Our science fiction isn't your father's SF

The February 2010issue of Asimov's contains an amazing story in "Stone Wall Truth" by Caroline M. Yoachim. This story is set in a far future village which exists alongside the ancient remnants of a high-technology wall. When a new ruler takes control of the land, he sends his vanquished foes to this village, where they are cut open and strung to a wall. The wall not only keeps these people alive but reveals to them their inner devils and hells. Once that is done, the person is sewn back together and allowed to live--if people can truly live after having witnessed the darkness within the minds and souls of all humans.

This is one of those rare stories I immediately reread upon finish it. In fact, I felt the same way reading this story as I did last year about Eugie Foster's novelette "Sinner, Baker, Fabulist, Priest; Red Mask, Black Mask, Gentleman, Beast" (which won a well-deserved Nebula Award and is a finalist for the Hugo). Like Foster's novelette, Yoachim's story also struck me as a perfect example of SciFi Strange and will be on my list of the year's best stories. But that said, I also knew many science fiction fans would have the same issue with Yoachim's story as with the other SciFi Strange stories I love. Because every single aspect of the story isn't explained, for many people a story like this simply can't be called science fiction.

Sure enough, when I looked for reviews on the story I found these comments in Tangent Online by Carl Slaughter. While Carl praises the story, he asks "What is the source of the wall's power?  The author doesn't say.  We don't discover the origin and nature of the wall.  Nor the identity of the Ancients who built it, nor the time and place of the story.  Thus the story is a masterpiece, but a masterpiece of fantasy rather than science fiction."

That review drives me crazy with its narrow view on what qualifies as science fiction (although I totally agree with Carl that the story is a masterpiece). The truth is there are many accepted tropes in science fiction which are not technically possible or can't be accurately explained, including faster than light travel, time travel, dimensional travel and so on. However, if an author uses these tropes in their story they're okay and still writing science fiction. But if an author tries to explore a possible future technology but don't explain said technology in mind-numbing detail, they aren't SF.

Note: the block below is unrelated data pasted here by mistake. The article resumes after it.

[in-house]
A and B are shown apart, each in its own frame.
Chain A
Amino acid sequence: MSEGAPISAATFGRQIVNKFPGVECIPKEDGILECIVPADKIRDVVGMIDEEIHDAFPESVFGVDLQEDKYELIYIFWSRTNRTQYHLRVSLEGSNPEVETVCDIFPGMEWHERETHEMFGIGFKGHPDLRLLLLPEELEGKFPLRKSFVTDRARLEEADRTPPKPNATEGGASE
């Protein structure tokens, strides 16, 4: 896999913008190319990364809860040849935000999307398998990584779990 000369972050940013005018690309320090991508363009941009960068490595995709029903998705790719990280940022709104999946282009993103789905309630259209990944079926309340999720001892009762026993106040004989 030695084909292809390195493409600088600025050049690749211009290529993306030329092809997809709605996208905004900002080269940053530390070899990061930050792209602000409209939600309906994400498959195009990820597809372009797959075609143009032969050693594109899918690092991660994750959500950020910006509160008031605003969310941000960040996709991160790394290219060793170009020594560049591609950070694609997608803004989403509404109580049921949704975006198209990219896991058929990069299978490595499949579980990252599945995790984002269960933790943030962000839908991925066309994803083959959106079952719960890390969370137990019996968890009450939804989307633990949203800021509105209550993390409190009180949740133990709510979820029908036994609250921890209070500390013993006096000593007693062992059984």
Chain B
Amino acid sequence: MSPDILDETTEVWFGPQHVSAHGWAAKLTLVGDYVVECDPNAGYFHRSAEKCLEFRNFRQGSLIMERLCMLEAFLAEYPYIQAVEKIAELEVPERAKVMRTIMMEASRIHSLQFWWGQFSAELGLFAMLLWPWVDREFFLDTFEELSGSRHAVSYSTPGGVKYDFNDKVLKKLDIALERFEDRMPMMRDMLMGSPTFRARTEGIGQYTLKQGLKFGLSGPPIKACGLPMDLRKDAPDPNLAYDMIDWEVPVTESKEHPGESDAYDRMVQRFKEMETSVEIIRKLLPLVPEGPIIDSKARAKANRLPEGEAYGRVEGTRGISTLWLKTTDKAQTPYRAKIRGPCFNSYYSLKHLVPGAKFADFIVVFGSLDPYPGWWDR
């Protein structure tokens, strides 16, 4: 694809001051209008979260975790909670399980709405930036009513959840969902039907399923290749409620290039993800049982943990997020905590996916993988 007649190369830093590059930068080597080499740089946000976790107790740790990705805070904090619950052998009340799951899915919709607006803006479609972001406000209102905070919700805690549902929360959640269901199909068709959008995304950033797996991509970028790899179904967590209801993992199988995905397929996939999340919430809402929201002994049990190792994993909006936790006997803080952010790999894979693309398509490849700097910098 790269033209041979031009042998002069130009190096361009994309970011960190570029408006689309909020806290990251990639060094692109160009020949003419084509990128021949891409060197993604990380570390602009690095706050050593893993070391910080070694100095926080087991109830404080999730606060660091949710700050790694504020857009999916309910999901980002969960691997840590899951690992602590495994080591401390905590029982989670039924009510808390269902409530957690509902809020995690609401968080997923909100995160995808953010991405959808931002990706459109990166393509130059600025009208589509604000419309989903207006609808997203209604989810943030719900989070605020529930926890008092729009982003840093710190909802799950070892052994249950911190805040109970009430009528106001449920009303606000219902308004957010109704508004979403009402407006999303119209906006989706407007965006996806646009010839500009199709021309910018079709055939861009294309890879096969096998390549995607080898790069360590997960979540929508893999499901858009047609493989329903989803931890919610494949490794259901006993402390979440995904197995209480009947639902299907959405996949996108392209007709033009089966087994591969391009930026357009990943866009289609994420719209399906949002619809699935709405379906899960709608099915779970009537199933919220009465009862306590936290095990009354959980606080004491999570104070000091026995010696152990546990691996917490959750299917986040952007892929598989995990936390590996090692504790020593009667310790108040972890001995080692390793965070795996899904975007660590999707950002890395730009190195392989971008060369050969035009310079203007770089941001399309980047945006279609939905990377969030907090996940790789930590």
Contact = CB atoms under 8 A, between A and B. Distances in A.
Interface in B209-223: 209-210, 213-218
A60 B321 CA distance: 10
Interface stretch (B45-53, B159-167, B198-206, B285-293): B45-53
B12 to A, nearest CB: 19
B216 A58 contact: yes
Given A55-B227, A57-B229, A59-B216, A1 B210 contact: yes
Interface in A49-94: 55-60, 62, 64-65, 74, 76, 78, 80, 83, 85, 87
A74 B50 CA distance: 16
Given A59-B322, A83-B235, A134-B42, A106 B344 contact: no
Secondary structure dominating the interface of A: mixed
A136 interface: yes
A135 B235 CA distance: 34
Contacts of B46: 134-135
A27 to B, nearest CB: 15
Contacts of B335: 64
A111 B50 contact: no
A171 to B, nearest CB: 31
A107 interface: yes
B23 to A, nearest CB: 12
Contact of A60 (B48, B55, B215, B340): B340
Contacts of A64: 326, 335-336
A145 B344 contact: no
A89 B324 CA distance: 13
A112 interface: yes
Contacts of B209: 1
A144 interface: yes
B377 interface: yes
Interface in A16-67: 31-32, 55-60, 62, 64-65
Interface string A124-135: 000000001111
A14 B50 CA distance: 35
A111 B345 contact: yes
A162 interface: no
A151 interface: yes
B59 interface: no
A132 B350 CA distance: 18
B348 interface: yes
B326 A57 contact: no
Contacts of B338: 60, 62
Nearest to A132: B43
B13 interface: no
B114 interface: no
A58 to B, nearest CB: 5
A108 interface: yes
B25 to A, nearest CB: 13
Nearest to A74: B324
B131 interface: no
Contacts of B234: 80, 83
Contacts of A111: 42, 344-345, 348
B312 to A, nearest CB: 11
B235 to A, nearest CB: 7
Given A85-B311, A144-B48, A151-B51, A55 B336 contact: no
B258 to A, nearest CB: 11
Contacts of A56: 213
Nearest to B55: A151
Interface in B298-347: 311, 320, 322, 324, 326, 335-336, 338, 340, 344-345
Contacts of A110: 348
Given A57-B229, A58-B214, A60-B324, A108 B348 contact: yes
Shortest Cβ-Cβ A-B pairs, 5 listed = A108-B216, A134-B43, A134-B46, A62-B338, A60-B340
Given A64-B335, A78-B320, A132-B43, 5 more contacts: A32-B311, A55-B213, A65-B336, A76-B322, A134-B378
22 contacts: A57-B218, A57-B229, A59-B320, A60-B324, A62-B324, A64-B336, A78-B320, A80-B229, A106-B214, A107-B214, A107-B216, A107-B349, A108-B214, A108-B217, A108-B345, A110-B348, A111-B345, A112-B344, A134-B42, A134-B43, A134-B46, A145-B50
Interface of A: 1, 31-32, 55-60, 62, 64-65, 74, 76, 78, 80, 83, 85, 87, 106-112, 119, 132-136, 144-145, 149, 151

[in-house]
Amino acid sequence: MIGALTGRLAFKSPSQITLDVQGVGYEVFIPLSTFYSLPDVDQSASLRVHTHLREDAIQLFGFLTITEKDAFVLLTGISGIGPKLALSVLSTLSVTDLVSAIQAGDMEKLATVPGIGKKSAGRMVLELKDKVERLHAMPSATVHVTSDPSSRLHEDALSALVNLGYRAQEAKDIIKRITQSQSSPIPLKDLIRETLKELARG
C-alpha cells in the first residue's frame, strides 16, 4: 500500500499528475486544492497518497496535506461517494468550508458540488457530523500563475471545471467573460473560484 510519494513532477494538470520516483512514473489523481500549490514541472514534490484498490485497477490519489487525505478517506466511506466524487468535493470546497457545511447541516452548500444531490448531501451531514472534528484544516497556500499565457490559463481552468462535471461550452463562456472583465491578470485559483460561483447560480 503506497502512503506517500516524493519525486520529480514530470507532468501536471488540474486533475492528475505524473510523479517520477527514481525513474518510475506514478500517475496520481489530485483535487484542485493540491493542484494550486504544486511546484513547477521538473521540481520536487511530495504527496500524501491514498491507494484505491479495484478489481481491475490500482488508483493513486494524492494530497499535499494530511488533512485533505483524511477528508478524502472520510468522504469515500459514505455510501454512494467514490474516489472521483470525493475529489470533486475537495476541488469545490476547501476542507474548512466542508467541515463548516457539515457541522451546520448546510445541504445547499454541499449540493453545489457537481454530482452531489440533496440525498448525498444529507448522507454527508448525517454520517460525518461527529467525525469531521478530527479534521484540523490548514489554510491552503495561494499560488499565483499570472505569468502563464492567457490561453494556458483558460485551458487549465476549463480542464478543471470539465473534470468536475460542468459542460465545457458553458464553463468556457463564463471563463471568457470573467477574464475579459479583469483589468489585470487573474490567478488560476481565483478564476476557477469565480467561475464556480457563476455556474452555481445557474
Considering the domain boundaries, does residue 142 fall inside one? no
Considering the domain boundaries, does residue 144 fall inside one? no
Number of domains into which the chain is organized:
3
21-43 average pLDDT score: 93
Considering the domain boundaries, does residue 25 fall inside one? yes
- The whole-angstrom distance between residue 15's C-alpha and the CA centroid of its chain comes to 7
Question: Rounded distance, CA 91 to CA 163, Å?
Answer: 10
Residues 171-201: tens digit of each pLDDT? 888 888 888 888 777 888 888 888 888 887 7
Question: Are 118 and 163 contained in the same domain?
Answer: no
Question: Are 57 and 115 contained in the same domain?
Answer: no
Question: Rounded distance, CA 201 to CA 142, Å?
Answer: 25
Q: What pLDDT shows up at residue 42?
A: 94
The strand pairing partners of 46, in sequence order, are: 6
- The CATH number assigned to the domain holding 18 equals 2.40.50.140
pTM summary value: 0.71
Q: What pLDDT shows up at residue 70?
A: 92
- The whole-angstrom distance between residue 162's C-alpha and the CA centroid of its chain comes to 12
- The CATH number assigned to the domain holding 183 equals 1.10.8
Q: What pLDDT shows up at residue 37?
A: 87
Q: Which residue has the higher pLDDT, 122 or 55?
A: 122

I have a mouth and I must scream! Which, by the way, refers to another famous science fiction story which doesn't explain how everything works. I mean, a computer the size of a planet which can trap people inside it for all eternity? Provide me a prΓ©cis on how that is possible under what we currenty know about science and technology. It isn't. But Ellison's classic story is still pure science fiction.

Part of the problem is that the science fiction genre has become too narrow in what it accepts as legitimate SF. We live in a world where our most advanced theoretical sciences like quantum mechanics are almost philosophical in nature. But instead of allowing our science fiction to be as equally free to explore the universe, we box it in. And ironically, we're not even consistent in how we do this. For example, people screamed when the last Star Trek film tripped into the red matter realm, but they didn't say a word about universal translators, transporters, and Spock being the offspring of two totally different alien species. But all these conventions are accepted as SF without a second thought.

This is made even more amusing when you consider that the science in many older SF classics was flat out wrong when the authors originally wrote them. For example, in Robert Heinlein's Stranger in a Strange Land, the book opens with the discovery that Mars is inhabited, and even mentions Martian canals. Ray Bradbury's The Martian Chronicles deals with a similarly occupied Mars. However, when the authors wrote those science fiction classics it was known to science that Mars was a hostile environment which did not contain advanced life. So why were those books accepted as being part of the SF genre?

Likewise, in Gene Wolfe's classic Book of the New Sun series, the science and setting are so far in the future that the science behind everything is more fantasy than real.  Again, the science isn't explained to the Nth degree, but the books are accepted as being science fiction.

What these examples prove is that being part of the science fiction genre is about more than simply writing accurately about science. It is also about exploring ideas and visions and possible futures. So why the different standard when new writers like Yoachim and Foster do that very thing? I have yet to read a convincing explanation for this divide.

I suspect that just as science has expanded into disconcerting places in the last decade, some people are disturbed by where science fiction is going these days. So they simply wave their hand and state that certain stories can't possibly be science fiction.

Which is too bad. Because while our science fiction may not be your father's SF, all these stories belong to the same genre.